I used to have a dog named Buck. My family moved from Brazoria, TX to Wagoner, OK, during my sophomore year of high school. We had Buck during that time, so of course, we brought him along.
When we got to Wagoner, my parents talked to our new landlord who said he would rather not have a dog inside. So we had to keep him in the backyard. But when it rained or got especially cold outside, we would move him into our garage.
Every time I would have to move Buck to the garage, I would open the door and look at him all balled up by the door trying to stay dry or warm. I would always feel sorry for him. Of course, I loved my dog, but when I moved Buck to the garage, it was really never motivated by my love for him. It was motivated by my pity for him.
For the longest time, this was how I saw Jesus' death. I knew He loved us, but I did not think His death was motivated by love, but by pity. He saw us balled up trying to live for Him and failing consistently, and He felt sorry for us.
When you read the passages that lead to Christ's death, you do not really get a sense of how gory His death really was. Therefore, you may miss the implications of His death. Like me, you may miss what His true motivation was for dying on the cross.
"Then Pilate took Jesus and had him flogged" (John 19:1, NIV). Jesus was whipped by what was called a cat o' nine tails, also known simply as the cat. The cat had, of course, nine strips of leather and inside those bits of leather was pieces of metal, chunks of sharp rocks and jagged pottery. It worked differently than a whip we know of today. The intention was to rip the skin out of the back of the person being flogged.
The person doing the flogging would let the sharp materials sink into the back of the one being flogged, then they would twist the handle in an attempt to make the pottery and metal and such sink even deeper to cause more damage. Then, the person doing the flogging would rip the cat out of the other person's back.
So by this point, Jesus' back is essentially exposed. Muscles and ligaments could be seen. "The soldiers twisted together a crown of thorns and put it on his head. They clothed him in a purple robe and went up to him again and again, saying 'Hail, king of the Jews!' And they slapped him in the face" (John 19:2-3, NIV).
"After they had mocked him, they took off the robe and put his own clothes on him. Then they led him away to crucify him" (Matthew 27:31, NIV). After putting a cloth on Jesus' open wounds, when the wounds started to scab over, they would have attached the cloth to Jesus' back. So when the Romans ripped it off, they reopened His wounds.
"Carrying his own cross, he went out to the place of the Skull (which in Aramaic is called Golgotha)" (John 19:17, NIV). They tried to force Jesus to carry the cross He would be hung upon for what measures out to about three miles. He had lost a lot of blood, so He was certainly weak at this point. Matthew says, "As they were going out, they met a man from Cyrene, named Simon, and they forced him to carry the cross" (Matthew 27:32, NIV). So Jesus was so weak He could not even carry the cross all the way.
At some point during this time, we can come to a realization that if Jesus was doing this out of pity, He would most likely have called it off at this point, if not before. If He was only sacrificing Himself out of pity, His pity would have run out. Just like if I had to chase my dog through the rain to get him into the garage, my pity would have run out.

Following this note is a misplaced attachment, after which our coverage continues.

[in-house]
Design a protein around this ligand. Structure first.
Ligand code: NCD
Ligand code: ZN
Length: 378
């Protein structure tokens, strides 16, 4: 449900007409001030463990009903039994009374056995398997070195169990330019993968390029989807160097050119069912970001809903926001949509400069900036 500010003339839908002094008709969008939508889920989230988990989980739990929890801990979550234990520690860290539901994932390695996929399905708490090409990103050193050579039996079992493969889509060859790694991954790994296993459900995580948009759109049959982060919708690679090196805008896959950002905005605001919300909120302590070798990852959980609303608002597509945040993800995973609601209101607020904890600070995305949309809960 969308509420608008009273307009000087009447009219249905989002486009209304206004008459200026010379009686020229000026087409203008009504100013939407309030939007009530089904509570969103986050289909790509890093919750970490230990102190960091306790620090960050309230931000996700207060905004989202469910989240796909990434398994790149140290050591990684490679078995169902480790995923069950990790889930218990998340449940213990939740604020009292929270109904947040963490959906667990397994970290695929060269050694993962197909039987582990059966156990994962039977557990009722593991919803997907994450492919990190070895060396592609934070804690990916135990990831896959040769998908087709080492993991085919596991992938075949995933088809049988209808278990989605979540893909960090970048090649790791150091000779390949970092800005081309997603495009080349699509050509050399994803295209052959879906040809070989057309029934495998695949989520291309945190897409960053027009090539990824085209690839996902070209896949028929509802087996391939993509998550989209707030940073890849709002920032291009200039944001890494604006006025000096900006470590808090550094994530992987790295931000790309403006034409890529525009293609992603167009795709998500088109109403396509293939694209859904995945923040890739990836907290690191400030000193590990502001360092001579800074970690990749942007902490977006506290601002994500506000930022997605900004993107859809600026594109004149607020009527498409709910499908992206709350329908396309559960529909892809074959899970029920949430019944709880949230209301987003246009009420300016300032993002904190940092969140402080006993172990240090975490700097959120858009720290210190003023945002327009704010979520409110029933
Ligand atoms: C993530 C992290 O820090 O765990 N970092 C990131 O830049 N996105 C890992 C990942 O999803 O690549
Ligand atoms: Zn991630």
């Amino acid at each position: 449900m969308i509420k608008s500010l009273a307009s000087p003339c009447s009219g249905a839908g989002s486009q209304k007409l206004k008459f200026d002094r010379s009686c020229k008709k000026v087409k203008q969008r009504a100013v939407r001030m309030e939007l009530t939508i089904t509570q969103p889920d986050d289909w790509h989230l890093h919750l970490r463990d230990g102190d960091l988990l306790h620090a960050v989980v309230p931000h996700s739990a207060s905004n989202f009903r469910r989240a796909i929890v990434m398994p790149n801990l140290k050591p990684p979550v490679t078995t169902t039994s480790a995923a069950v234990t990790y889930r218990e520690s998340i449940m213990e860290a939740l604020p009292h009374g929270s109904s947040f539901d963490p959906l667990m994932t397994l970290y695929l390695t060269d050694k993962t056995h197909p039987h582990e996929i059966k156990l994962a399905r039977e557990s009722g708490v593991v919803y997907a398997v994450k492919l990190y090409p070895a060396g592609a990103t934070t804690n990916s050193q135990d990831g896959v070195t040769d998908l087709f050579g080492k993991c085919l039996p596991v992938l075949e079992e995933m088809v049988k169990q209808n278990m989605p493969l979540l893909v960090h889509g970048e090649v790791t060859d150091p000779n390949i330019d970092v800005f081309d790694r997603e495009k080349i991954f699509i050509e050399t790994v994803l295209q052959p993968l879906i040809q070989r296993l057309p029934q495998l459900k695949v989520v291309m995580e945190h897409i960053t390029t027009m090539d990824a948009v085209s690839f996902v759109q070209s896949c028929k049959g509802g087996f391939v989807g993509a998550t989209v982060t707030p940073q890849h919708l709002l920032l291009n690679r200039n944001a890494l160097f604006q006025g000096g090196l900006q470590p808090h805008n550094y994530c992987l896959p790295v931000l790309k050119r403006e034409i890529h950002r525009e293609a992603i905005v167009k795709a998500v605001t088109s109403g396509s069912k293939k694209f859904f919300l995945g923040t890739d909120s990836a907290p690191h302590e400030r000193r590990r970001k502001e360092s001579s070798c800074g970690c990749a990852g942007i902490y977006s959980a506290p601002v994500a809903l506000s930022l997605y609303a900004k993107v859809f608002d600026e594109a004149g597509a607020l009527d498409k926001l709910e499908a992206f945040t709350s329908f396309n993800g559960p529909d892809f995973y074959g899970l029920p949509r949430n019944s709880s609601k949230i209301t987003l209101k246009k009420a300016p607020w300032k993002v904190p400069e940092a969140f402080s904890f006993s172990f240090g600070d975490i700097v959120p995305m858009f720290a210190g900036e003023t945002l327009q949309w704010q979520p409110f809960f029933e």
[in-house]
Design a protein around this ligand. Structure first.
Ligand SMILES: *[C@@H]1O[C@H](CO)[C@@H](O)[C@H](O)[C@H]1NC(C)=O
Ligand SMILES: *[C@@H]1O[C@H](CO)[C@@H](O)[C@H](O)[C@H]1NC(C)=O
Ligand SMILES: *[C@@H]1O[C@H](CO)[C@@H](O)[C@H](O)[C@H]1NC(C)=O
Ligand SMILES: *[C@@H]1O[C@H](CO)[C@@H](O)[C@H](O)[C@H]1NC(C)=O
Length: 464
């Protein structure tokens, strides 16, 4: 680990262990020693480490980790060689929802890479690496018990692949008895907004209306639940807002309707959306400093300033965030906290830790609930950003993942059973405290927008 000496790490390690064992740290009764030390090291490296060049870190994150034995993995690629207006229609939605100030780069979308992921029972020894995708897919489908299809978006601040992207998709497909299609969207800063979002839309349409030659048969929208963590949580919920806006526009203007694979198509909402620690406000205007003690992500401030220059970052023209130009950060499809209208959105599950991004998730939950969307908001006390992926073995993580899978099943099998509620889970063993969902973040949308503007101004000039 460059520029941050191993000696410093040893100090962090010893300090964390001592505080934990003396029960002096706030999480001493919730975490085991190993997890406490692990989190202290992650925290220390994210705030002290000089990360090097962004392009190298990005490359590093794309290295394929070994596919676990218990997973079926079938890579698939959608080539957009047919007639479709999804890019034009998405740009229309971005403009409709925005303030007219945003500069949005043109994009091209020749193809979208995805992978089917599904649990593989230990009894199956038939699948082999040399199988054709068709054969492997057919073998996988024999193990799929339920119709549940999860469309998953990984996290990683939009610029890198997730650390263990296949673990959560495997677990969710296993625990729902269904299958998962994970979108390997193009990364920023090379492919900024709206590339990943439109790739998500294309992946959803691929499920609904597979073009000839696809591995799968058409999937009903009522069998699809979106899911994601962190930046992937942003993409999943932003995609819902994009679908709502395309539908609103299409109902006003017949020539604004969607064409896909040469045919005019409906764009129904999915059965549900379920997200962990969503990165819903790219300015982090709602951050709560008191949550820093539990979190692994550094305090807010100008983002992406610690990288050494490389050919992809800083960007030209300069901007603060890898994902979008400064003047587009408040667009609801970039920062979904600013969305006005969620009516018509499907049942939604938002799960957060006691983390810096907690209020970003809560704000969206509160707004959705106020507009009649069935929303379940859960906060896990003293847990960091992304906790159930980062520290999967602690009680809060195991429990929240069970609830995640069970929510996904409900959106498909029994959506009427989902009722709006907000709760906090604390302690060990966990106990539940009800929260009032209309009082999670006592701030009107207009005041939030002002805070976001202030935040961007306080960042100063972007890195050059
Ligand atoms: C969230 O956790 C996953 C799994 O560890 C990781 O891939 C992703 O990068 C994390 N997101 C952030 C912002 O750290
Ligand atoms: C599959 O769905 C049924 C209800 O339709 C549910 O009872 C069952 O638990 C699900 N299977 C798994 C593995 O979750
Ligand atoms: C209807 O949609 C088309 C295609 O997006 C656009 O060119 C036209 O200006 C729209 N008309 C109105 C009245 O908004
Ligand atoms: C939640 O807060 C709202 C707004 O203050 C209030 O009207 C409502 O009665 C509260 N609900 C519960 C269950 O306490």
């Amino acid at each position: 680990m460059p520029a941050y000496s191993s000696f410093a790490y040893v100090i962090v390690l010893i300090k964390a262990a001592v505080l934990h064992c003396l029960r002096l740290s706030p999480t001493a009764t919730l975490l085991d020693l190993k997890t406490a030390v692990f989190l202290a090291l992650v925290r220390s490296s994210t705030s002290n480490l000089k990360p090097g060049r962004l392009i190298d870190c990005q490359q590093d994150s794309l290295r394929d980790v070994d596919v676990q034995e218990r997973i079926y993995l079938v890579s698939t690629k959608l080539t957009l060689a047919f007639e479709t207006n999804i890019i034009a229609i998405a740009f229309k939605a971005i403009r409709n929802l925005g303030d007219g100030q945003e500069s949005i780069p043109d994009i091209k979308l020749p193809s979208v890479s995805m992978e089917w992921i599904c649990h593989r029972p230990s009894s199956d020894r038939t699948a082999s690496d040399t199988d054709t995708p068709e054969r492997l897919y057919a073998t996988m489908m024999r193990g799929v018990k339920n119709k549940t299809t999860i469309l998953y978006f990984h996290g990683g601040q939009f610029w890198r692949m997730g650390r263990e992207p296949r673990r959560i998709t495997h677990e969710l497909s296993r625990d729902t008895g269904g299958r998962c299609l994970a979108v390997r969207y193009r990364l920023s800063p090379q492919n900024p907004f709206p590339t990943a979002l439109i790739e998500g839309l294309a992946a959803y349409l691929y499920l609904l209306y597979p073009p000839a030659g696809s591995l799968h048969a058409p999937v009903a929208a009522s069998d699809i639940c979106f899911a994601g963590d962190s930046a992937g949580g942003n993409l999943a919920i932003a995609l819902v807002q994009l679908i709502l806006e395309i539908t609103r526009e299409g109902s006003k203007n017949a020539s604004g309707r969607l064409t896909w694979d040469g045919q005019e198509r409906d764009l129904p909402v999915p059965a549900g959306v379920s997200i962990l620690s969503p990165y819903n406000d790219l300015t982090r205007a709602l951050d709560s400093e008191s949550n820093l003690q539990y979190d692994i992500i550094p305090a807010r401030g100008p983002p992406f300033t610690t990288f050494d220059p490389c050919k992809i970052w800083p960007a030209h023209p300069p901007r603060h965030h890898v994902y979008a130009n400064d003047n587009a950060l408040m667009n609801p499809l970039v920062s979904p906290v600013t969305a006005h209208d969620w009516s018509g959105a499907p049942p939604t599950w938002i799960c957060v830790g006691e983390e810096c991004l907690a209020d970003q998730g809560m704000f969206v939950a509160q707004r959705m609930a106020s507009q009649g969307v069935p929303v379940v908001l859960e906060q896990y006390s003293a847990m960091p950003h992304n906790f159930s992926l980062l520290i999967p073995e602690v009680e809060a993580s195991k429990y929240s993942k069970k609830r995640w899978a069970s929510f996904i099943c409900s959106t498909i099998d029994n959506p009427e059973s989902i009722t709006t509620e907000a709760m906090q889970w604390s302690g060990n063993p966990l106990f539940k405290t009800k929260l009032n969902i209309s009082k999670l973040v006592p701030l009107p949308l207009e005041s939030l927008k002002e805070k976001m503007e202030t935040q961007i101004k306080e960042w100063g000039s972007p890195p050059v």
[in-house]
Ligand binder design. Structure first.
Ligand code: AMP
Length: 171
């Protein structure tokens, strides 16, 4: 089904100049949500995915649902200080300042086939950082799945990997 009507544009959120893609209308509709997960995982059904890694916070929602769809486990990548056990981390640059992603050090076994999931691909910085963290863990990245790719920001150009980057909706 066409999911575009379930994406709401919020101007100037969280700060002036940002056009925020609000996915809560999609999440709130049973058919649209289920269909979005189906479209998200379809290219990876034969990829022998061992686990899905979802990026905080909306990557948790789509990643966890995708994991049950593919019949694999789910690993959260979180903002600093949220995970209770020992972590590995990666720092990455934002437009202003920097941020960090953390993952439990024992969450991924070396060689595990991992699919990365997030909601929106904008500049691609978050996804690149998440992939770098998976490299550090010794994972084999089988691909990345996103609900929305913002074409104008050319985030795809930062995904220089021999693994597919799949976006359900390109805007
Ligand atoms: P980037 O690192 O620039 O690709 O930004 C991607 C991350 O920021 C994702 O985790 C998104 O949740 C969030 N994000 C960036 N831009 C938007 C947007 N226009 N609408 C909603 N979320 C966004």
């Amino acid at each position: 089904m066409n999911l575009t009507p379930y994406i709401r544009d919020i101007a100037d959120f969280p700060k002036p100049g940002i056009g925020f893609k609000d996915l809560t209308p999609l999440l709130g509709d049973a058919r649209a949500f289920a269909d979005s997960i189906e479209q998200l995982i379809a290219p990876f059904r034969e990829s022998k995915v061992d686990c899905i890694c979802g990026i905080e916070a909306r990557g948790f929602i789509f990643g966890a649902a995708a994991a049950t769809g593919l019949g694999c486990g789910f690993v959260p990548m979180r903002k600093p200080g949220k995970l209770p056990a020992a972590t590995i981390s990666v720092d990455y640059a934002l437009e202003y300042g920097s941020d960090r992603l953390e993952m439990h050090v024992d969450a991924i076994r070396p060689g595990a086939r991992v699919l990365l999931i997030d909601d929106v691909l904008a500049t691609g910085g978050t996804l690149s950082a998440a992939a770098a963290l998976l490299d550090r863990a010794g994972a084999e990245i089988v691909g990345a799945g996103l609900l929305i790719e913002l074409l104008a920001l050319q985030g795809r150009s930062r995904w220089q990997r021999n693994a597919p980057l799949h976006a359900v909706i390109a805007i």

This proves that Jesus' motivation was love, not pity. The implication of Christ's death is that He loves us so much that He would die for us. But there is nowhere in the Bible that says He died for a specific set of peoples. This means that the death He died, He died for all. But why? Because "[God] wants all people to be saved and to come to a knowledge of the truth" (1 Timothy 2:4, NIV). His love was not "puppy love".
So how should we respond? As God's people, what should we do with this information?
Well, first off, we should celebrate His death and resurrection. Second, we should live for Him. This means we should deny ourselves daily and take up our own cross so that we may look more like Him. We should strive to live up to the name Christian, which means "little Christ". Did you know the word "Christian" originally was used as an insult to the followers of God? What was meant as an insult has been embraced by God's people, but are we truly embracing it?
"He replied to him, 'Who is my mother, and who are my brothers?' Pointing to his disciples, he said, 'Here are my mother and brothers. For whoever does the will of my Father in heaven is my brother and sister and mother'" (Matthew 12:48-30, NIV).
And what has God told us to do? He has told us to make disciples of all people in the world. Black, Asian, Latinx, European. Straight, gay, bisexual. Muslim, Mormon, atheist. Jesus died for all these people. He wants a relationship with all of them. So no one is off limits for discipleship. It may take some time, but God will mold them into who He made them to be.
"How, then, can they call on the one they have not believed in? And how can they believe in the one of whom they have not heard? And how can they hear without someone preaching to them" (Romans 10:14, NIV)?
"'Therefore go and make disciples of all nations, baptizing them in the name of the Father and of the Son and of the Holy Spirit, and teaching them to obey everything I have commanded you'" (Matthew 28:19-20a, NIV).
How should we respond? Tell everyone of the good news and that God wants to have a relationship with them. Do that until there is #NoPlaceLeft that has not heard this news.